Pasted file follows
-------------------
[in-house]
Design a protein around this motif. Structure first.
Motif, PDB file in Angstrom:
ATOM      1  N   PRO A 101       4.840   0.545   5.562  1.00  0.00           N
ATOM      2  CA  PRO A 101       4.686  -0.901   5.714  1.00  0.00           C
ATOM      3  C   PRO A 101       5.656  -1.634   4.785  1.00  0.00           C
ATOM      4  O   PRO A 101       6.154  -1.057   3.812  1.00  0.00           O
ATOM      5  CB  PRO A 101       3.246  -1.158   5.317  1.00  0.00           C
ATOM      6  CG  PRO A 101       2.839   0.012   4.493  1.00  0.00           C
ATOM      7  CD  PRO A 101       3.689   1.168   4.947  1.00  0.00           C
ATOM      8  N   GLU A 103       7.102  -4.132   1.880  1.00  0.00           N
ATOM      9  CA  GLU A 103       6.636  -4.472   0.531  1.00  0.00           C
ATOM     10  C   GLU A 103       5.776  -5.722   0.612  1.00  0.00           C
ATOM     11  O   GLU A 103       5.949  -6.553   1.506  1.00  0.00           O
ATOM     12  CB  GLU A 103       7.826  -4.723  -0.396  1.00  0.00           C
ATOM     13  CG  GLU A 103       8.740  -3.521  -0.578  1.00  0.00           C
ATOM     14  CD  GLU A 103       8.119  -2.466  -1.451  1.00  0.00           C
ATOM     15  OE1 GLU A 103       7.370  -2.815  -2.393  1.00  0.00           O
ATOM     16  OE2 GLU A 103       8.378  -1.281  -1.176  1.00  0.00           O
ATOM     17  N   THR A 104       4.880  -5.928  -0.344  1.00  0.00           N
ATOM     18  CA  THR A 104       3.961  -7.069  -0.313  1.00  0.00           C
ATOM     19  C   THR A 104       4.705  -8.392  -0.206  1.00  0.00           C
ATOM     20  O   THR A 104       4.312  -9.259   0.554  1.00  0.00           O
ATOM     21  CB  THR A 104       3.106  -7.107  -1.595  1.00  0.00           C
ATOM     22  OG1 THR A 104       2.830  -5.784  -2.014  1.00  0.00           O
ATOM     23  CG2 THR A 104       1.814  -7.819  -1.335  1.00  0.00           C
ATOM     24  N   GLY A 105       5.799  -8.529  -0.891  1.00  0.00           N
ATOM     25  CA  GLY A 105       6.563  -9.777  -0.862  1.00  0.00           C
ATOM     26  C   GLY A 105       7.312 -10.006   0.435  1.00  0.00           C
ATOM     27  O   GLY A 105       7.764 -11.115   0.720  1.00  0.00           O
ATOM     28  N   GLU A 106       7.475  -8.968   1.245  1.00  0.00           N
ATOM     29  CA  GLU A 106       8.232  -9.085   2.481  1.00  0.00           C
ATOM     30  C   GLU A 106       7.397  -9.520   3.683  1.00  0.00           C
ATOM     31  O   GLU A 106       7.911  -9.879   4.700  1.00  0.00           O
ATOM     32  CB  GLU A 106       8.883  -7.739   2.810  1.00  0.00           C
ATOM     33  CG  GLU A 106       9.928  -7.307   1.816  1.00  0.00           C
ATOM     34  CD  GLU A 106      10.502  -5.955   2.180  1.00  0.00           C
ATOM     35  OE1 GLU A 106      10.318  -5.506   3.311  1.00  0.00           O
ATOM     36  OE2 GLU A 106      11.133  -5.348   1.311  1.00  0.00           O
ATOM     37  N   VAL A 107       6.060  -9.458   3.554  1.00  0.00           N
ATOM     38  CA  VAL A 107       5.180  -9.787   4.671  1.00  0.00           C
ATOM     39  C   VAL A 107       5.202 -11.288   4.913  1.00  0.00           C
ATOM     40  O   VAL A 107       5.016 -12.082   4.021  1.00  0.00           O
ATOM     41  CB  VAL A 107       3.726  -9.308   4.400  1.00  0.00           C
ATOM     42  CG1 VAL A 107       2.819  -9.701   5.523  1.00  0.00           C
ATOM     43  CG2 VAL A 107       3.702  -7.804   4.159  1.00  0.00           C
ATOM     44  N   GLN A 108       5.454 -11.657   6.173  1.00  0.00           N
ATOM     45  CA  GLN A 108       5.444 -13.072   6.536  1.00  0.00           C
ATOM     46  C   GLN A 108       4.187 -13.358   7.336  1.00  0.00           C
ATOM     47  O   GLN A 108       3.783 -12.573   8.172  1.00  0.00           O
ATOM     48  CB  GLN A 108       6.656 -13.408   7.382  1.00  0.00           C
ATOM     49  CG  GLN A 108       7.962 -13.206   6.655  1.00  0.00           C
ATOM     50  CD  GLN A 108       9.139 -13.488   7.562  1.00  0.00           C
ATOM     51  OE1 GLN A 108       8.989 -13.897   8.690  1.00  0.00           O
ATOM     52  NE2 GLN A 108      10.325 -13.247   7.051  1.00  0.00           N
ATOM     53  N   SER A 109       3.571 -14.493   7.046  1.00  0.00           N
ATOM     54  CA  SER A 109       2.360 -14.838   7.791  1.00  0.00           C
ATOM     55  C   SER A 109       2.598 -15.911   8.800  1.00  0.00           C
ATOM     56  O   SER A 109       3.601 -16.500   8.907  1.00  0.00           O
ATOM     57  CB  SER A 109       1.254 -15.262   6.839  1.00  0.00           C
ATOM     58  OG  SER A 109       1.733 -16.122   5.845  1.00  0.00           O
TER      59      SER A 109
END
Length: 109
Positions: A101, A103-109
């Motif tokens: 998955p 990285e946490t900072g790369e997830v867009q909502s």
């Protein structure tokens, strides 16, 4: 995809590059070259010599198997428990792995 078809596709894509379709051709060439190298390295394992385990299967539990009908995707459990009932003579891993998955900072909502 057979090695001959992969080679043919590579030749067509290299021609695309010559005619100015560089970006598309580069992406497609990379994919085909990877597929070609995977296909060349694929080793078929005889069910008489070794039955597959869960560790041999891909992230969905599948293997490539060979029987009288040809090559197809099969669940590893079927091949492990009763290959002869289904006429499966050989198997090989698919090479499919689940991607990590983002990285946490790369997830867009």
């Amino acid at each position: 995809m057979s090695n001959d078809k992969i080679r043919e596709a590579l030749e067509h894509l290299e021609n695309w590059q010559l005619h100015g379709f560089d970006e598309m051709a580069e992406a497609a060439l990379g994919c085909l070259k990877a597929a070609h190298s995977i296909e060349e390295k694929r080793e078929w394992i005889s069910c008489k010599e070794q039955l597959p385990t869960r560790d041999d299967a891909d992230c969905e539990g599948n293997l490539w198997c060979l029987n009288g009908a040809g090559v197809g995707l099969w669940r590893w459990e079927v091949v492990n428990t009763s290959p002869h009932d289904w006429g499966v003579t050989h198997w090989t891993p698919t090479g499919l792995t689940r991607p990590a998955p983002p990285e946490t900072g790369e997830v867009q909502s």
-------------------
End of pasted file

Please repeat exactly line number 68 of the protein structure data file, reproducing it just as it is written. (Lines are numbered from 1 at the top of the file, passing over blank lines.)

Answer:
């Amino acid at each position: 995809m057979s090695n001959d078809k992969i080679r043919e596709a590579l030749e067509h894509l290299e021609n695309w590059q010559l005619h100015g379709f560089d970006e598309m051709a580069e992406a497609a060439l990379g994919c085909l070259k990877a597929a070609h190298s995977i296909e060349e390295k694929r080793e078929w394992i005889s069910c008489k010599e070794q039955l597959p385990t869960r560790d041999d299967a891909d992230c969905e539990g599948n293997l490539w198997c060979l029987n009288g009908a040809g090559v197809g995707l099969w669940r590893w459990e079927v091949v492990n428990t009763s290959p002869h009932d289904w006429g499966v003579t050989h198997w090989t891993p698919t090479g499919l792995t689940r991607p990590a998955p983002p990285e946490t900072g790369e997830v867009q909502s």